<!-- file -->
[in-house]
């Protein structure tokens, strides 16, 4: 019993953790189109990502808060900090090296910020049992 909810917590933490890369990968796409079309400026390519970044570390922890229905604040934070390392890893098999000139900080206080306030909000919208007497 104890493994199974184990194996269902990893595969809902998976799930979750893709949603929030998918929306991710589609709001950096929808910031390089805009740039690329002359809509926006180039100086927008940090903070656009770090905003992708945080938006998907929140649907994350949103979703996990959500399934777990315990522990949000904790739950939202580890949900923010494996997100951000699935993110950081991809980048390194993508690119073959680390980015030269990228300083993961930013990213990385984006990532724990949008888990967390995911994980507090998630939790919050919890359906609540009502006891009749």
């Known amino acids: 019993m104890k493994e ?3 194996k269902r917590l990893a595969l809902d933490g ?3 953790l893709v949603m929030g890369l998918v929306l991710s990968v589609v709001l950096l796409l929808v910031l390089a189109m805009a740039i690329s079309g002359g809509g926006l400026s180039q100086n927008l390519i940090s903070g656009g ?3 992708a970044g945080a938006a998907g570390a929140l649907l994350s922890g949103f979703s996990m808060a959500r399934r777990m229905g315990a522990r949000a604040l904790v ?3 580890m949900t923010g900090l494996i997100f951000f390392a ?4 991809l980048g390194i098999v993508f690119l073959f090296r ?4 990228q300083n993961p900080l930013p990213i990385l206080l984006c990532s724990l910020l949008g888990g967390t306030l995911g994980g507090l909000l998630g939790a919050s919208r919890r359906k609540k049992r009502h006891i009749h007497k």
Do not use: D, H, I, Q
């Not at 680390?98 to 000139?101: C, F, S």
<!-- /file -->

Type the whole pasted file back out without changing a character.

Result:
[in-house]
């Protein structure tokens, strides 16, 4: 019993953790189109990502808060900090090296910020049992 909810917590933490890369990968796409079309400026390519970044570390922890229905604040934070390392890893098999000139900080206080306030909000919208007497 104890493994199974184990194996269902990893595969809902998976799930979750893709949603929030998918929306991710589609709001950096929808910031390089805009740039690329002359809509926006180039100086927008940090903070656009770090905003992708945080938006998907929140649907994350949103979703996990959500399934777990315990522990949000904790739950939202580890949900923010494996997100951000699935993110950081991809980048390194993508690119073959680390980015030269990228300083993961930013990213990385984006990532724990949008888990967390995911994980507090998630939790919050919890359906609540009502006891009749």
């Known amino acids: 019993m104890k493994e ?3 194996k269902r917590l990893a595969l809902d933490g ?3 953790l893709v949603m929030g890369l998918v929306l991710s990968v589609v709001l950096l796409l929808v910031l390089a189109m805009a740039i690329s079309g002359g809509g926006l400026s180039q100086n927008l390519i940090s903070g656009g ?3 992708a970044g945080a938006a998907g570390a929140l649907l994350s922890g949103f979703s996990m808060a959500r399934r777990m229905g315990a522990r949000a604040l904790v ?3 580890m949900t923010g900090l494996i997100f951000f390392a ?4 991809l980048g390194i098999v993508f690119l073959f090296r ?4 990228q300083n993961p900080l930013p990213i990385l206080l984006c990532s724990l910020l949008g888990g967390t306030l995911g994980g507090l909000l998630g939790a919050s919208r919890r359906k609540k049992r009502h006891i009749h007497k």
Do not use: D, H, I, Q
């Not at 680390?98 to 000139?101: C, F, S």